The inspiration for Dr. Suzuki’s approach to musical education came to him in a remarkably simple way. As a young man, he studied violin in Germany and found learning the German language to be difficult and frustrating. At the same time, he was intrigued by the ease with which toddlers were able to learn and speak the words he found so confusing. He recognized that we are born with the amazing ability to, through mere listening and repetition, become fluent in our “mother tongues”, well before our “formal” education begins. As a result, Dr. Suzuki developed his ideas through a strong belief in the concept of "Talent Education", a philosophy of instruction that is based on the premise that talent, musical or otherwise, is something that can be developed in any child.

"Though still in an experimental stage, Talent Education has realized that all children in the world show their splendid capacities by speaking and understanding their mother language, thus displaying the original power of the human mind. Is it not probable that this mother language method holds the key to human development? Talent Education has applied this method to the teaching of music: children, taken without previous aptitude or intelligence test of any kind, have almost without exception made great progress. This is not to say that everyone can reach the same level of achievement. However, each individual can certainly achieve the equivalent of his language proficiently in other fields."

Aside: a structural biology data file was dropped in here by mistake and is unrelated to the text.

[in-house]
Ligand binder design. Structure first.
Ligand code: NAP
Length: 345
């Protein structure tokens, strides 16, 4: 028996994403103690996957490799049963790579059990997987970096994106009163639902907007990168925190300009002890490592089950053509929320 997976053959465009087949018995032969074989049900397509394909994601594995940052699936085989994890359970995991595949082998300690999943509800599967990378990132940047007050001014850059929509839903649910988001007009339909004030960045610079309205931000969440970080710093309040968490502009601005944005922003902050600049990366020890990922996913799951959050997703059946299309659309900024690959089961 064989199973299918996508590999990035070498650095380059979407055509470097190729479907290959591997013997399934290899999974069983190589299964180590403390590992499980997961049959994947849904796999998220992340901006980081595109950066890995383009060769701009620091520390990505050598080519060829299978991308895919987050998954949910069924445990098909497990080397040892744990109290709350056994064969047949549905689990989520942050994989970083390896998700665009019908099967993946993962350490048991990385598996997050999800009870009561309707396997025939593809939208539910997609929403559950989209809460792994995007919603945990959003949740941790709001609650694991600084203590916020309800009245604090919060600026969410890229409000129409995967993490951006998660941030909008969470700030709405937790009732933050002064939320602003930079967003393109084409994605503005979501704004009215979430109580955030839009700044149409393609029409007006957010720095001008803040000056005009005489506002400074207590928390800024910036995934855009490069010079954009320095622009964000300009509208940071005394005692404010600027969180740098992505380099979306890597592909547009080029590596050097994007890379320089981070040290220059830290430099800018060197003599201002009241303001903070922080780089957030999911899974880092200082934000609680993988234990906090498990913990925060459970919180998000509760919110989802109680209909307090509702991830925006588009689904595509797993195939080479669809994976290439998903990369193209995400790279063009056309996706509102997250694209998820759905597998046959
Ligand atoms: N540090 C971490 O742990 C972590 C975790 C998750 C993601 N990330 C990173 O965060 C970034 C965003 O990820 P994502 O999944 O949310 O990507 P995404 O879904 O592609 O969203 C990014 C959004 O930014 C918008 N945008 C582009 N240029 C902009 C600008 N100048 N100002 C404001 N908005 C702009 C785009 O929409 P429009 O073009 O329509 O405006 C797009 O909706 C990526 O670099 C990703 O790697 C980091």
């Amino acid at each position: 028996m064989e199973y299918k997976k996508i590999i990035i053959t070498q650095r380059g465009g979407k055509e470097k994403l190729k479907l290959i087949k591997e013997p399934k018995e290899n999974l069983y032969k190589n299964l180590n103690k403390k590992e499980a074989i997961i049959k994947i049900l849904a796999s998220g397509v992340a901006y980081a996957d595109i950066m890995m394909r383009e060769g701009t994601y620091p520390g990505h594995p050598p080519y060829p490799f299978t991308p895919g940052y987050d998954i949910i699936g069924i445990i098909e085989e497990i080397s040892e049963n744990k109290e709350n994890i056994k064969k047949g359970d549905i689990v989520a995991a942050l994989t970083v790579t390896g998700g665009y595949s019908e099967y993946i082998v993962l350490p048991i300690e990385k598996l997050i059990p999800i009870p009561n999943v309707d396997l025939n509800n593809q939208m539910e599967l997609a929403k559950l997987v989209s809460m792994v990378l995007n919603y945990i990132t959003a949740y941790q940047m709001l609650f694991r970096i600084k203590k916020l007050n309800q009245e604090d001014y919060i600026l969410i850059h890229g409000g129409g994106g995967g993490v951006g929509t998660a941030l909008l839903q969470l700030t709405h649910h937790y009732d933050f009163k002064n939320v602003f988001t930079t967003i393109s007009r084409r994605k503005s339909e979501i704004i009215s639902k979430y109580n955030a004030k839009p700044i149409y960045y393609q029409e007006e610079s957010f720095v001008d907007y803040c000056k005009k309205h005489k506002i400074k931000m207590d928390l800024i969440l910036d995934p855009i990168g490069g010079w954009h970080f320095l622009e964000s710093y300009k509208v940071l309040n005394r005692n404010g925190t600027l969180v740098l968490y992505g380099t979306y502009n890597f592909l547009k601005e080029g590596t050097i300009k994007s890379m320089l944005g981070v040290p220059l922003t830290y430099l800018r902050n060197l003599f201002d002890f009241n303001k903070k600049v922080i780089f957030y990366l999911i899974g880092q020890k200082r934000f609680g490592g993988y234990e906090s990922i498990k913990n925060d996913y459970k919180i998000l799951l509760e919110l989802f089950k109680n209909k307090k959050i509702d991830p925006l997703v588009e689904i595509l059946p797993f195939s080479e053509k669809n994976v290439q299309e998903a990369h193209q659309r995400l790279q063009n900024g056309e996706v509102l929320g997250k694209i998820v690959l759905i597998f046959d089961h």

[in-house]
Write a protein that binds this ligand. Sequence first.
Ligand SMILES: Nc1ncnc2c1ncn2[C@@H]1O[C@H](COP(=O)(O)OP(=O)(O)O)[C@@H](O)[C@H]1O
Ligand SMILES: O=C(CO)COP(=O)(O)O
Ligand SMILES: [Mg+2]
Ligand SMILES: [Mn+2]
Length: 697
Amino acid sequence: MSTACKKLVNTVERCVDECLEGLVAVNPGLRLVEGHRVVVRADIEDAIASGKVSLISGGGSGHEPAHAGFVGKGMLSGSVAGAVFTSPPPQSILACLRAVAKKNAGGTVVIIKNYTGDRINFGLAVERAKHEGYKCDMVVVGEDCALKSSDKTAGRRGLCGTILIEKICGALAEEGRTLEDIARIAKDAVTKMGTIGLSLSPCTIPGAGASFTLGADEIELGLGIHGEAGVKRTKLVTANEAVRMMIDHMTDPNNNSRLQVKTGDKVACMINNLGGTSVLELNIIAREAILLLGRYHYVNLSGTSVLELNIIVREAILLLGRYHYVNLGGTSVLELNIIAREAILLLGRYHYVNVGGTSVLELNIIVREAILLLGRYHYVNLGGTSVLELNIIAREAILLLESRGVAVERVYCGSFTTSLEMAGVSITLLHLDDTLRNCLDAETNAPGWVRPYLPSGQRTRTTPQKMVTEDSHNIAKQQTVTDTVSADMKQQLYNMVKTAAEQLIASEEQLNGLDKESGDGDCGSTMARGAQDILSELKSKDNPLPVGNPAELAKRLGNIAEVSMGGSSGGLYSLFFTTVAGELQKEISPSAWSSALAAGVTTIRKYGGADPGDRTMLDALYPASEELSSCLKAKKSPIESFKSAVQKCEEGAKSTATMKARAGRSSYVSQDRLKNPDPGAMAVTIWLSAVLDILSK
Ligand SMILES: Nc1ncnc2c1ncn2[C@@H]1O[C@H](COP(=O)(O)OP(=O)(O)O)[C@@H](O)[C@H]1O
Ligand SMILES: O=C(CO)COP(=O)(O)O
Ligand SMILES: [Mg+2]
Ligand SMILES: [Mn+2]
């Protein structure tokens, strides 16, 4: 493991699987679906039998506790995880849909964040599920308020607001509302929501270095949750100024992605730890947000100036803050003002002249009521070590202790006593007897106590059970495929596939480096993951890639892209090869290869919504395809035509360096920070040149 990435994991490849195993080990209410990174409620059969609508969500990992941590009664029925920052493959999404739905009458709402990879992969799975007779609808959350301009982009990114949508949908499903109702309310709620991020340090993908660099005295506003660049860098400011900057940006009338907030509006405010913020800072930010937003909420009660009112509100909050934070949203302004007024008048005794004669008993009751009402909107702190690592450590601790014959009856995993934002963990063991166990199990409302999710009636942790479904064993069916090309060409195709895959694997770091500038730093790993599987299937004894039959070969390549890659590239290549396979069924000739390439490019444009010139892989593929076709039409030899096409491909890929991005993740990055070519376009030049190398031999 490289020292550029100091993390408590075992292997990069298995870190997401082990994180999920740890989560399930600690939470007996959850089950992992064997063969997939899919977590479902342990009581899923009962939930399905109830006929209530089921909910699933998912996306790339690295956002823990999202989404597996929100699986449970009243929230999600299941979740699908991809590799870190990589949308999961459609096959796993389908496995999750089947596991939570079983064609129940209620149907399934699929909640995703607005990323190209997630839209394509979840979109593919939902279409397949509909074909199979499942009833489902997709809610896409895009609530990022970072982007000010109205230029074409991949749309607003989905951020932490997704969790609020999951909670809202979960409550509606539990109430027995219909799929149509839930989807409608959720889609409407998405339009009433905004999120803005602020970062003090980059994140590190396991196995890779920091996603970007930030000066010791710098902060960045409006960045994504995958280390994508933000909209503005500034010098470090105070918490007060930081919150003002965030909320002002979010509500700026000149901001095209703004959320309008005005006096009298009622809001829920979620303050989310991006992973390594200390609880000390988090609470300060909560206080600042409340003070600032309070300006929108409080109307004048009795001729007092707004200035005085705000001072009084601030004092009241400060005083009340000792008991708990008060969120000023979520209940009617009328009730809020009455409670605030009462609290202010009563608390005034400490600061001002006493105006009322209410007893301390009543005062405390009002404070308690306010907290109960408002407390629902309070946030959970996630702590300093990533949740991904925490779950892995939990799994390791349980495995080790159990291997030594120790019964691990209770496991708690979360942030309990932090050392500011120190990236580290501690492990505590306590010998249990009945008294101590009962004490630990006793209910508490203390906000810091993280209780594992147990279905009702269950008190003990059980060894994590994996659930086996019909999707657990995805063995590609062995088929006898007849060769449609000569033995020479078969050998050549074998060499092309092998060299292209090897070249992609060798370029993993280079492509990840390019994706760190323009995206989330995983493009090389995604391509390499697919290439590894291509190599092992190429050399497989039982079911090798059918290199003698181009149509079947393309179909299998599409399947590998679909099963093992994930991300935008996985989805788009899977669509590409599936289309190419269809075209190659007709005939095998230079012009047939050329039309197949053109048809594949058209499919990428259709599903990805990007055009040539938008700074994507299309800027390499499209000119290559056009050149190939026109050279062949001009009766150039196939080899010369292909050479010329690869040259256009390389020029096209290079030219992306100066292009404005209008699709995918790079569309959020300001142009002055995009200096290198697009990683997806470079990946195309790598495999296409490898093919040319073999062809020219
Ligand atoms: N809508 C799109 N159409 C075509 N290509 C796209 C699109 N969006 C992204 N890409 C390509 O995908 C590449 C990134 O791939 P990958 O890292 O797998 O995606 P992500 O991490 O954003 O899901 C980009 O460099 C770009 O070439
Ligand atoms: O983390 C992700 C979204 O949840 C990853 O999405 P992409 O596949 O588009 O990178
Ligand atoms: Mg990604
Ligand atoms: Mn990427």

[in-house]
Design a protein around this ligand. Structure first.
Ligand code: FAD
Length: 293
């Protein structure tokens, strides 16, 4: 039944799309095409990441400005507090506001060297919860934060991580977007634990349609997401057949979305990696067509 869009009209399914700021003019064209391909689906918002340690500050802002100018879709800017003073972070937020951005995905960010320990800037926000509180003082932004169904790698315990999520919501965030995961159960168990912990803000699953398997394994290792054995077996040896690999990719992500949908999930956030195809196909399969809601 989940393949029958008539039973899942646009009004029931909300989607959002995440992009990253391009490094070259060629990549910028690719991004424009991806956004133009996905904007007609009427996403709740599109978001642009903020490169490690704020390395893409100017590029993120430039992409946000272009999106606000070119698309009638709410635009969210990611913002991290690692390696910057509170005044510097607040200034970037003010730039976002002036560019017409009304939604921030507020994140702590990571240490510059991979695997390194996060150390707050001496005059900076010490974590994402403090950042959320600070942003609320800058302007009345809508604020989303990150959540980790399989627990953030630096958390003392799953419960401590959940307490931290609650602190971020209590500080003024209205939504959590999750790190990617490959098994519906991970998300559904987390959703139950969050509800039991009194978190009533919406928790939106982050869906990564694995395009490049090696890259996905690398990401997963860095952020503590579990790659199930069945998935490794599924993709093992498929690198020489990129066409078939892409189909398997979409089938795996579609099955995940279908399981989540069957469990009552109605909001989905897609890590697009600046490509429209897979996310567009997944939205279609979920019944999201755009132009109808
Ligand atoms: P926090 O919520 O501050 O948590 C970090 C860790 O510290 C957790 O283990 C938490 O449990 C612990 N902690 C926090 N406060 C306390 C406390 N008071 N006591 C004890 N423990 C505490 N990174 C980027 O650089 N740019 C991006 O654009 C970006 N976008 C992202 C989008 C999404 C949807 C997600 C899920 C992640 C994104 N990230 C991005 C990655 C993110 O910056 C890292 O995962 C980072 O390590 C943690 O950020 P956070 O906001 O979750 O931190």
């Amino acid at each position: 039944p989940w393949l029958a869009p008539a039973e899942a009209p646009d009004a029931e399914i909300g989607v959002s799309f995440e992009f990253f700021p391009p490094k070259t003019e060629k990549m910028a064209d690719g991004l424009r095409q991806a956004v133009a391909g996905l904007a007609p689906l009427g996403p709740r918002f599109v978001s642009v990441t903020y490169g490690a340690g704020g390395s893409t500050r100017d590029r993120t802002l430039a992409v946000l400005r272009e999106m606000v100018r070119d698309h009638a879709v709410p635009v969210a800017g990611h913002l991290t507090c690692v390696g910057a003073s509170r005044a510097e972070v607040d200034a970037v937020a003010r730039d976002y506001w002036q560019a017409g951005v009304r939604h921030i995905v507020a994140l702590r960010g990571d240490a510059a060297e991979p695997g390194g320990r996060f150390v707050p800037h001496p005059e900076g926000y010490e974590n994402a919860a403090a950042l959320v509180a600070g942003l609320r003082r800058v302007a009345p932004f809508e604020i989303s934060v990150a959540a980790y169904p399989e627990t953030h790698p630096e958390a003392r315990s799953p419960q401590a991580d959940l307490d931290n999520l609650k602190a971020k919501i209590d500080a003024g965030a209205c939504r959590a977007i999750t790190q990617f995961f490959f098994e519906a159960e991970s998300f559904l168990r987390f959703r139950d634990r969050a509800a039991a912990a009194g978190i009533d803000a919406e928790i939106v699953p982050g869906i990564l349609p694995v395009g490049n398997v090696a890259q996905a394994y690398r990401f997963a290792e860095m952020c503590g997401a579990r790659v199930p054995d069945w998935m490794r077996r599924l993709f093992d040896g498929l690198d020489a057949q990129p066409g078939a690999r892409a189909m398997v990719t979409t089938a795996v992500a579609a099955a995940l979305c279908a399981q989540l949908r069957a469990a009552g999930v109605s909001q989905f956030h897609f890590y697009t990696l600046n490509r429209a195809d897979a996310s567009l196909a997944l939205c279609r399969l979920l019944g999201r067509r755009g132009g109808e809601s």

…… Shinichi Suzuki, (Kendall,1966)

Dr. Suzuki based his philosophy on the following principles:

  • The human being is a product of his environment. A strong, robust environment, driven by positive reinforcement, patience, and careful step-by-step nurturing, encourages learning in a natural, seamless way.
  • Begin the earlier, the better – with not only music, but all learning. In the past, traditional methods of education have often discounted the potential of early childhood education. Our natural ability to be able to learn our complicated mother tongue from birth is an indication of this. This is also clearly illustrated by language immersion programs, where, when provided by the proper environment, young children easily learn second languages, easily and naturally.
  • Repetition of experiences is important for learning, which begins the moment we enter this world. Our communication skills grow, as we hear the words, we will eventually speak repeated by the people in our environment every day.
  • Teachers must be at a high level and continue to grow to provide the best possible instruction for the child. This includes building a strong, nurturing relationship with not only the child, but parents as well.

"First, to set the record straight, this is not a 'teaching method.' You cannot buy ten volumes of Suzuki books and become a 'Suzuki Teacher.' Dr. Suzuki has developed a philosophy which, when understood to the fullest, can be a philosophy for living. He is not trying to create the world of violinists. His major aim is to open a world of beauty to young children everywhere that they might have greater enjoyment in their lives through the God-given sounds of music."

…… Hermann, 1971

In my close to fifty years of teaching experience, I have experimented with various methods, philosophies, and lesson formats. Without a doubt, a healthy Student/Parent/Teacher scenario always attains far better results. In these times of Covid, it has been invaluable form my students, both in the studio lesson and online Zoom lessons.

Parents do not need to play the child’s instrument. They merely need to understand the lesson assignment and to provide strong, consistent, positive support and encouragement at the lesson and at home. The rewards are many!